The Bundy brothers and the rest of the armed gang holed up at the Malheur National Wildlife Refuge in Oregon claim to represent ranchers. They don’t. Just ask my dad.

I grew up as a Montana ranch kid, and our lives revolved around federal grazing permits — and following all the associated rules. Every year, we’d saddle up and push herds of our cattle off our land and on to different forest sections. Most of our permits are managed by the Forest Service, but we have a section managed by the Bureau of Land Management, too. I spent endless summer afternoons with my dad while he counted hoof prints in the stream bed, measured the height of the meadow forage, and took photos of grasses. If you were to pull out a sleeve of old photos at our house, chances are you’d find pictures of cheatgrass mixed in with first-day-of-school shots.

While the armed occupation in Oregon is a ridiculous affront to law, history, and reason, it does capture a very real fear in rural America: That our way of life is under attack, and it could be just a matter of time before our access to the land disappears. (My colleague Nathanael Johnson did a wonderful job of explaining that concern.) Unlike the Bundys, my family pays our fees and abides by our agreements with the BLM and Forest Service. That doesn’t mean my dad doesn’t worry about losing access, too. He also worries that if ranchers are put out of business, their private land will be gobbled up by sprawling new subdivisions.

On the county road that runs through the Smith ranch.

On the county road that runs through the Smith ranch. Darby Minow Smith

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As an environmentalist and a rancher, I feel stuck in the middle — between, on one side, right-wingers claiming private ownership of public land, and, on the other, environmentalists who point out damage caused by cattle and call for an end to federal grazing permits.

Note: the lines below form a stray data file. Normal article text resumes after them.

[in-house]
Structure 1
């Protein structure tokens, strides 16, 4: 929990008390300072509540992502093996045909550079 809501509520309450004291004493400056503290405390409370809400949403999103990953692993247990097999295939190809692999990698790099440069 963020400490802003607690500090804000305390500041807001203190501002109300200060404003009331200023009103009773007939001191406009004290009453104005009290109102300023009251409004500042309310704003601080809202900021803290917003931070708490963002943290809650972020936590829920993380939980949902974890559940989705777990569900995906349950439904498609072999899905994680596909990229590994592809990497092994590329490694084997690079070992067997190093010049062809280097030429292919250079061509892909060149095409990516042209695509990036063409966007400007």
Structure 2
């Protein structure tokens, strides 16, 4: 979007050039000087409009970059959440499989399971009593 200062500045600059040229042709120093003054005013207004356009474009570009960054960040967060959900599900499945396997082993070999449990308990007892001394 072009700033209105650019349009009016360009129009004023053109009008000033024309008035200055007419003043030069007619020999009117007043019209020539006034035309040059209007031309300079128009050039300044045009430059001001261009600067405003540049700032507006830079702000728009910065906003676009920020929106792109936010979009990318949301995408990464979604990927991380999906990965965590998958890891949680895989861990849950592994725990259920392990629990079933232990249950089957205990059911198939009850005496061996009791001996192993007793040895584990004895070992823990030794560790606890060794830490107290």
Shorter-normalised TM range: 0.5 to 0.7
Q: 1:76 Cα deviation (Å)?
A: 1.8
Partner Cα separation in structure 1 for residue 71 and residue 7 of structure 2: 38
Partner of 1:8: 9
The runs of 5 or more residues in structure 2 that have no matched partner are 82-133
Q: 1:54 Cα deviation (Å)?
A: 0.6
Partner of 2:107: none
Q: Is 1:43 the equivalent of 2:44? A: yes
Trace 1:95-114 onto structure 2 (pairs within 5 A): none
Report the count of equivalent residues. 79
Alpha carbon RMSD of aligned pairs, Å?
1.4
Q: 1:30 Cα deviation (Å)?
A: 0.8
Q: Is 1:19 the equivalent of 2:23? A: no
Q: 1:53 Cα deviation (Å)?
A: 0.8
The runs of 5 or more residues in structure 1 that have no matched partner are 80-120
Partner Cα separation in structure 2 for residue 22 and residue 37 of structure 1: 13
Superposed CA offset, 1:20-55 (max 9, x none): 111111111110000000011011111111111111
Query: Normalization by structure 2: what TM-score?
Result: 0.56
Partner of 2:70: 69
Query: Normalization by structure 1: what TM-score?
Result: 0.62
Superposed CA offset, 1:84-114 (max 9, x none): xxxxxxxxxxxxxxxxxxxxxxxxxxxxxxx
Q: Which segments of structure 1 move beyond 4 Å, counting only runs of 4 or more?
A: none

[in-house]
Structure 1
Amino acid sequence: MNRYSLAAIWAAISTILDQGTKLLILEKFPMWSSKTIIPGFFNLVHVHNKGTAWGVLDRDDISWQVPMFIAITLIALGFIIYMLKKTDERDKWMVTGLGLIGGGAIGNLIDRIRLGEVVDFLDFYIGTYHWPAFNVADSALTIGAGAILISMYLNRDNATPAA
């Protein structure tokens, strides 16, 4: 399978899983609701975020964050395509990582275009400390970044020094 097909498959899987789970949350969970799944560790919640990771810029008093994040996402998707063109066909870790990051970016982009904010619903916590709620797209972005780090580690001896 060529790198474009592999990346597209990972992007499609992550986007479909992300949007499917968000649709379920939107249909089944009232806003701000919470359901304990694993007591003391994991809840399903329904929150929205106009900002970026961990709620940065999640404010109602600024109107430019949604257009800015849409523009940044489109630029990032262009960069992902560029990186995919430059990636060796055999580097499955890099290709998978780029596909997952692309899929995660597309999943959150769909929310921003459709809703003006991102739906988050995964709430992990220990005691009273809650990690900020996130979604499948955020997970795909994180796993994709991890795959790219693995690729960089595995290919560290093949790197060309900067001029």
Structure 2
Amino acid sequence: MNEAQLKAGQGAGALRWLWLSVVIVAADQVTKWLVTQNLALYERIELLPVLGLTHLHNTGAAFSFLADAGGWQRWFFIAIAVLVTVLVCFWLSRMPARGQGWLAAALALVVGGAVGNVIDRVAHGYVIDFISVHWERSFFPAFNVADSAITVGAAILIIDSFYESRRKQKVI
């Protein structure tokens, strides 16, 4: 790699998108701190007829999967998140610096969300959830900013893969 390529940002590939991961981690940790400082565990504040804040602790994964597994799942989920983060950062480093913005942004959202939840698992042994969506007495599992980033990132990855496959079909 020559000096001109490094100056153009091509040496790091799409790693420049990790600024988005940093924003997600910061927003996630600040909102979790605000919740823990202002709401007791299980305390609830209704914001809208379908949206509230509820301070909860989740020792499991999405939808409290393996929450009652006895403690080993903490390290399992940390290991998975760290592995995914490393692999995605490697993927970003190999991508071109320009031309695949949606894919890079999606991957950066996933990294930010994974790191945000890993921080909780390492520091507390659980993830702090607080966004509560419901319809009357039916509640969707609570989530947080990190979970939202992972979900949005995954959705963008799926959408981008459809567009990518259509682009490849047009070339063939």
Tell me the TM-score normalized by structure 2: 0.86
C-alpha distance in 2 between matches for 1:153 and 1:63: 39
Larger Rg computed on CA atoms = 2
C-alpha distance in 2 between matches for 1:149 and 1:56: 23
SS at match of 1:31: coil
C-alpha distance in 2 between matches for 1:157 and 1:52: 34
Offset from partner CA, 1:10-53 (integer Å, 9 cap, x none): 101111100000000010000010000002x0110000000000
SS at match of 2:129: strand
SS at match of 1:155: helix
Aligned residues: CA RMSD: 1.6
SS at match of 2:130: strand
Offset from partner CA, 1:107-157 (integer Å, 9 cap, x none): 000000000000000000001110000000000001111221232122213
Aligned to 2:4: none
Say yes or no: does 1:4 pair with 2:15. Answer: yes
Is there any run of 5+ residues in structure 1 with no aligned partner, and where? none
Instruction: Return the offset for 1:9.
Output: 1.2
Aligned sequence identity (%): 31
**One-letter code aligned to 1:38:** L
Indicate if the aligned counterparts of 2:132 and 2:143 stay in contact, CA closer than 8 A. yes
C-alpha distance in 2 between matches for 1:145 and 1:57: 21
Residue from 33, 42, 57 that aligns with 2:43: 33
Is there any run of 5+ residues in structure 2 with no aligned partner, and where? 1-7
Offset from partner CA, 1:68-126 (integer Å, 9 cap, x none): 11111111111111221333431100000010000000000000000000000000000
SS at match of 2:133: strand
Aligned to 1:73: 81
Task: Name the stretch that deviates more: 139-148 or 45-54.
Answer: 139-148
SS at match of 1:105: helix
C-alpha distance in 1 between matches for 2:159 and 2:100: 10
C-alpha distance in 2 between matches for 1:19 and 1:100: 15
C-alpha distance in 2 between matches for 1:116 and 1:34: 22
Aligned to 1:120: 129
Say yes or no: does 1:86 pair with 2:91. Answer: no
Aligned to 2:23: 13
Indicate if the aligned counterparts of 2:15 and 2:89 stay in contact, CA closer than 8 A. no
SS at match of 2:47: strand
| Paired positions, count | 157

I decided to call up my father, Paul “Brud” Smith. Our family has been ranching in the same valley for generations, and I wanted to get his take on the lawless ranchers. We discussed grazing permits and why he thinks cows on public land are an indicator species. Below is a lightly edited and condensed version of our conversation.

Q. Have you been following the business out of Oregon?

A. Ah, a little bit. What a piece of crap, huh? I hate when outsiders come in to tell locals how to run their business. They come in with their own agenda that may or may not have something to do with what the locals want and they tell them, “This is what you want locally.” Baloney!

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Q. What do you think about them taking over the refuge? 

A. They just want to run the whole show. The feds are backing off which I think they’re right to avoid a violent showdown with these idiots. But I would goddamn shut their electricity off tomorrow is what I would do. “Oh the pipes will freeze if they do!” Piss on it. They don’t own the stuff so let it freeze.

Q. Did you hear they did a call out for snacks?

A. I’ll send them some snacks. Think I’ll send them some marijuana brownies. Maybe they’ll mellow out a little. They’ll all be sitting around stoned and you can come in and remove them.

Q. Pot’s legal in Oregon.

A. It’s a good plan! Get them hungry enough and they’ll eat those brownies. They won’t know what hit ’em. They’ll eat all the evidence.

Q. What’s the appeal of the Bundys to some of our neighbors and fellow ranchers?

A. People get frustrated. They want to do it the old way where they didn’t have much interference, which ended up causing [water and overgrazing] problems.